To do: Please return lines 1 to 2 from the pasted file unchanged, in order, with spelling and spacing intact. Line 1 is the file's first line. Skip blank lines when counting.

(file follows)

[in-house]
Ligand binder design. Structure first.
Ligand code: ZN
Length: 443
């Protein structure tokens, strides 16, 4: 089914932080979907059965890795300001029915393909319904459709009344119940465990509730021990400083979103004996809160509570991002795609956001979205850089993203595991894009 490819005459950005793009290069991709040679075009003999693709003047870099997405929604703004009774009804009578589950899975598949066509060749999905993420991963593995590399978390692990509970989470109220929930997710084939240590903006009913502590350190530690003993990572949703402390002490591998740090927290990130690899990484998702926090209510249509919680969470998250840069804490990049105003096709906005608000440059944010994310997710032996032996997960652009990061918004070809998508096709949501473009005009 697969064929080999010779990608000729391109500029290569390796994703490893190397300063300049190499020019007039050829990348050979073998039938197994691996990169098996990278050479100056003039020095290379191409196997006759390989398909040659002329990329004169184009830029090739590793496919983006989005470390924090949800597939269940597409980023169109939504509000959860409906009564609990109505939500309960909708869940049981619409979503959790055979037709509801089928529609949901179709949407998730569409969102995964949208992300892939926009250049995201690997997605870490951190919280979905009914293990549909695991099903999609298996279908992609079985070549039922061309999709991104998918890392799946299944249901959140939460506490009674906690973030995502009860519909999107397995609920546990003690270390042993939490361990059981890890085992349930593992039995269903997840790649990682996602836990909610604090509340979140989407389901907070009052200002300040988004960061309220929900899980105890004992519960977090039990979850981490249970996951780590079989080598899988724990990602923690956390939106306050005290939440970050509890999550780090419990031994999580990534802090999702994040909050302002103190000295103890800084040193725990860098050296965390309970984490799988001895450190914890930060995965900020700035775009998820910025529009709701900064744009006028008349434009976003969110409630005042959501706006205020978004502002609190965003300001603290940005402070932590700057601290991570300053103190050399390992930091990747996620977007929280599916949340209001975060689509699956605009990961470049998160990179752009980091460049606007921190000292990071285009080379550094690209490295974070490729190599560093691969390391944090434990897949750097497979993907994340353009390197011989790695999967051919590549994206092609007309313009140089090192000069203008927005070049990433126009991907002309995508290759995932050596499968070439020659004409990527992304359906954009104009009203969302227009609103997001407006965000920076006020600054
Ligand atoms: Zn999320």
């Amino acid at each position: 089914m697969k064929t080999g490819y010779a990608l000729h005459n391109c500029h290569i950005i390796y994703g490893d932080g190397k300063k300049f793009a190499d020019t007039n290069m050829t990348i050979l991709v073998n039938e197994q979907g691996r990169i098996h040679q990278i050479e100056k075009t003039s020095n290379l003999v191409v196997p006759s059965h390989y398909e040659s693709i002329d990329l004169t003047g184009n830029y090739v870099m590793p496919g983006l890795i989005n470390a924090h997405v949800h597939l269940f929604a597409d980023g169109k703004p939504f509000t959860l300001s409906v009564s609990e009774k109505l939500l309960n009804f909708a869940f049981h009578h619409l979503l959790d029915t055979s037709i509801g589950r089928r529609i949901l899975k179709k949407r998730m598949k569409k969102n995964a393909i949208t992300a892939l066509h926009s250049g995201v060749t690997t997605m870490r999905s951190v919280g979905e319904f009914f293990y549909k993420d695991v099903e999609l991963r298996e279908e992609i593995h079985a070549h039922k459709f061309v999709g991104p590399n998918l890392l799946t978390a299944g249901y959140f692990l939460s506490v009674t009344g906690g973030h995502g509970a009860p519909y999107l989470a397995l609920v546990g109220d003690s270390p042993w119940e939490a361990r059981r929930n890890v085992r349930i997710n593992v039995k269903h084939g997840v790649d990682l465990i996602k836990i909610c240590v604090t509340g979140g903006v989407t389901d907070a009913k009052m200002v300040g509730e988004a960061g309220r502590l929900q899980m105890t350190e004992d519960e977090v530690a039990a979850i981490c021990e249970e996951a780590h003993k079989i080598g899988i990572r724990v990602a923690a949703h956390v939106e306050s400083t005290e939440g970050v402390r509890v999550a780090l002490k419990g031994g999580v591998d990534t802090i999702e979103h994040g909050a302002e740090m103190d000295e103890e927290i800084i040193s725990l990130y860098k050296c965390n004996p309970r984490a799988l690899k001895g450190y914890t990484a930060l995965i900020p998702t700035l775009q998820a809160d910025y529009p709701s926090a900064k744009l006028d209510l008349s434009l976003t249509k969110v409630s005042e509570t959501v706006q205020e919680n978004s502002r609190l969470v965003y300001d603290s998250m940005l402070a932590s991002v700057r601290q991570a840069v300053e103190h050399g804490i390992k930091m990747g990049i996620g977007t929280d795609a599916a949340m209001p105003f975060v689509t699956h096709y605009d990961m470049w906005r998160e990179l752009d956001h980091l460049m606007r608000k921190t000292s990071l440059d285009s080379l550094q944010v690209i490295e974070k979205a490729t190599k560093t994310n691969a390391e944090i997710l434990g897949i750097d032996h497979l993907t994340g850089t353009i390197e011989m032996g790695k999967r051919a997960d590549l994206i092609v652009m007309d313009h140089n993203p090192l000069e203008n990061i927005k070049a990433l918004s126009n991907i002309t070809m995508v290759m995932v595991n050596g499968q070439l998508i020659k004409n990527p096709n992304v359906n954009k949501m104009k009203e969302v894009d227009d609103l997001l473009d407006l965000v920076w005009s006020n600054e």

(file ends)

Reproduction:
[in-house]
Ligand binder design. Structure first.